Folklore | Popular Religion & Cyberspace
F253 | 5466 | Janelli
Description and Objectives. The Internet has recently emerged as a
major site for the expression of individual religious experiences,
beliefs, and practices that are not officially sanctioned by well-
established religions. This course explores popular religion and its
expression on this burgeoning electronic medium through readings,
class discussions, and original research. As part of a liberal arts
curriculum, the course has a second objective of helping students to
enhance their skills in interpreting different religious ideas,
actions, and means of expression and thereby develop more informed
understandings of the world's diverse religiosity.
Prerequisites. The course is available for undergraduate credit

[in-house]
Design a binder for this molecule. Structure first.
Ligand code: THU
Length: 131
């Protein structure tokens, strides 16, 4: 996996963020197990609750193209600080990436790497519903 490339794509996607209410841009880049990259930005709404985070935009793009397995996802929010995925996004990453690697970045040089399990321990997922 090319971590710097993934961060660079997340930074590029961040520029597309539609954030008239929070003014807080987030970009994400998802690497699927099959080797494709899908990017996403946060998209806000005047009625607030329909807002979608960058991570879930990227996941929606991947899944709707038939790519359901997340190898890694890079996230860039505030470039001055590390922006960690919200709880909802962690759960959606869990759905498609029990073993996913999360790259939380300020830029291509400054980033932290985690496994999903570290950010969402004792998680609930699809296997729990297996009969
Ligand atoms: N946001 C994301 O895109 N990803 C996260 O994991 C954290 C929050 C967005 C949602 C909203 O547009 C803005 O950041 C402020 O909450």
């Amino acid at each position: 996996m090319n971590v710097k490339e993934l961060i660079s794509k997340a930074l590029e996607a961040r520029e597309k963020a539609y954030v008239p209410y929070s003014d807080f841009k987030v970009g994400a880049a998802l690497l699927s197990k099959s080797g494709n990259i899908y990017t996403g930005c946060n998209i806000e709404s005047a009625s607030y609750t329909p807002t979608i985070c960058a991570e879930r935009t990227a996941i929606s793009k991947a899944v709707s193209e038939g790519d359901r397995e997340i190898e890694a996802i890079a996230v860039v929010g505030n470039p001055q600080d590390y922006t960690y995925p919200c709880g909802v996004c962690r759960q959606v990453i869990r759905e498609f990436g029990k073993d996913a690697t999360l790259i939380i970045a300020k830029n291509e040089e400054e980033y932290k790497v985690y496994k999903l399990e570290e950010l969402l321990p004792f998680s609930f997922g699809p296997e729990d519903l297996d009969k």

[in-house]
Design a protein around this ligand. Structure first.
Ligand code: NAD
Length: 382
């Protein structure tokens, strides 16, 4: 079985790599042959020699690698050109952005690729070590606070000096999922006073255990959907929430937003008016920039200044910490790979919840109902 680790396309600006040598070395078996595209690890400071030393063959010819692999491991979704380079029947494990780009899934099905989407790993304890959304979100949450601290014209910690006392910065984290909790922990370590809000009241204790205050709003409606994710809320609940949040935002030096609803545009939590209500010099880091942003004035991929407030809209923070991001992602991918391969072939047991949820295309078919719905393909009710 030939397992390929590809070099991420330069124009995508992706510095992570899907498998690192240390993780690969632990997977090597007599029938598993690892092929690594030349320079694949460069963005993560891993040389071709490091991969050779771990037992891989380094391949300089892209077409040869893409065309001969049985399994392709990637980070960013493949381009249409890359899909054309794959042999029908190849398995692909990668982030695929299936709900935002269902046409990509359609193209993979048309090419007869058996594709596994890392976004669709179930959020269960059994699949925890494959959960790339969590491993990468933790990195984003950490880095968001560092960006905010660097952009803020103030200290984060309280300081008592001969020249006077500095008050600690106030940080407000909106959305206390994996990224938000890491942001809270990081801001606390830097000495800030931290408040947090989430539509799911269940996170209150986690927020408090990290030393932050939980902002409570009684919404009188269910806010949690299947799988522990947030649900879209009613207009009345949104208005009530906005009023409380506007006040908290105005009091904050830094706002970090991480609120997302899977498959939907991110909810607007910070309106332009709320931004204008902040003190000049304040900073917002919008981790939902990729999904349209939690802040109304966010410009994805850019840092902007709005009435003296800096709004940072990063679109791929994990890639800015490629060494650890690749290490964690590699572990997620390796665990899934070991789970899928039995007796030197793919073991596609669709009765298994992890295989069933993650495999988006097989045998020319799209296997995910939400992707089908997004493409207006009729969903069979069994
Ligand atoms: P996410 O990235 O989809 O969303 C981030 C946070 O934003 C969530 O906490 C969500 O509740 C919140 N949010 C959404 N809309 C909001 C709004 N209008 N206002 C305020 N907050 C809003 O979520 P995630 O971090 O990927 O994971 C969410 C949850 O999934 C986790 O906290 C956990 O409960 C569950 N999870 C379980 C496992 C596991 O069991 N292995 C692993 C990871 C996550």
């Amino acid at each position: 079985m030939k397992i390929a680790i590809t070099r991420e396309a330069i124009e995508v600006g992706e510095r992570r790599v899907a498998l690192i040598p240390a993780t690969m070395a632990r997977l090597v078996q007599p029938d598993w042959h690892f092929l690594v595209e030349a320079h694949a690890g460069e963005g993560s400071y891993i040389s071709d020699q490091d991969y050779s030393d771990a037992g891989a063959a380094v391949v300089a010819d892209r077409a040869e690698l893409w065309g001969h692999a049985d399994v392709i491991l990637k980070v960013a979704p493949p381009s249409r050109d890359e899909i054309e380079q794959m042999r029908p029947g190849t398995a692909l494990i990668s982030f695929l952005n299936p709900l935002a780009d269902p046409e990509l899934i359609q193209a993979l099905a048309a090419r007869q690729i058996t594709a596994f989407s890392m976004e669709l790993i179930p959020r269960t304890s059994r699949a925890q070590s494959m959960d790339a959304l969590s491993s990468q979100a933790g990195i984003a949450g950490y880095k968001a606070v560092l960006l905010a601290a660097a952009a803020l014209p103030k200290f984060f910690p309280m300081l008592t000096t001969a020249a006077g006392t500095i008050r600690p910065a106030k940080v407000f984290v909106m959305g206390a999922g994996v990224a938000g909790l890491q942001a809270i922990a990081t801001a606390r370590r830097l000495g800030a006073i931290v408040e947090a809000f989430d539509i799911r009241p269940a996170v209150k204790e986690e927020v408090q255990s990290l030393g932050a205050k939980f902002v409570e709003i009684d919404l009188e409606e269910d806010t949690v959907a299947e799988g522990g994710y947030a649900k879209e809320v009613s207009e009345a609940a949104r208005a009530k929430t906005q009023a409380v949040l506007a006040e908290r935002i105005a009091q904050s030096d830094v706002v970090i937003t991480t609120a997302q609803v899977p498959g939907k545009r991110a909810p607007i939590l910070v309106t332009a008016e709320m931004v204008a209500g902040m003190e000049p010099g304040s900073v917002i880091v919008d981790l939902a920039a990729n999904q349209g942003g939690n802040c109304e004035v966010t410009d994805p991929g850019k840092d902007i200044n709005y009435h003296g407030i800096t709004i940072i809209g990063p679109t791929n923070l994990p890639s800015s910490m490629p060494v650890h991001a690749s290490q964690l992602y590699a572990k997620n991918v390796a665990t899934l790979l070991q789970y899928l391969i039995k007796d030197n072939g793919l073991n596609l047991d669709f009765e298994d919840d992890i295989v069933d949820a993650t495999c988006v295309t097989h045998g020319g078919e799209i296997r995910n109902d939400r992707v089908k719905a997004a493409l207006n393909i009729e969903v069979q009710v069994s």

Evaluation Policies. Grades are determined as follows:
(a) Three examinations each contribute 17% of the grade for the
(b) A research paper of approximately 10 pages on a vernacular
religious topic your choice. It should be based primarily on
Internet sources. It may also make use of fieldwork, academic
sources, media, or some combination thereof. Final versions of the
papers are to be typed or computer-printed and due by the date of the
final exam on May 5 (17%).
(c) A 10-minute presentation of your research to the class (7%).
Evaluations of these presentations will be based on the richness and
organization of material presented.
(d) A number of two-paged, double-spaced (i.e., about 500-600 words)
synopses of weekly reading assignments, to be submitted on various
dates throughout the semester. One question suitable for class
discussion should be included with the synopsis. These synopses and
questions are to be typed or computer-printed and submitted at the
beginning of class (17%).
(e) Attendance and participation in class discussions contributes the
remainder of each person's grade (8%).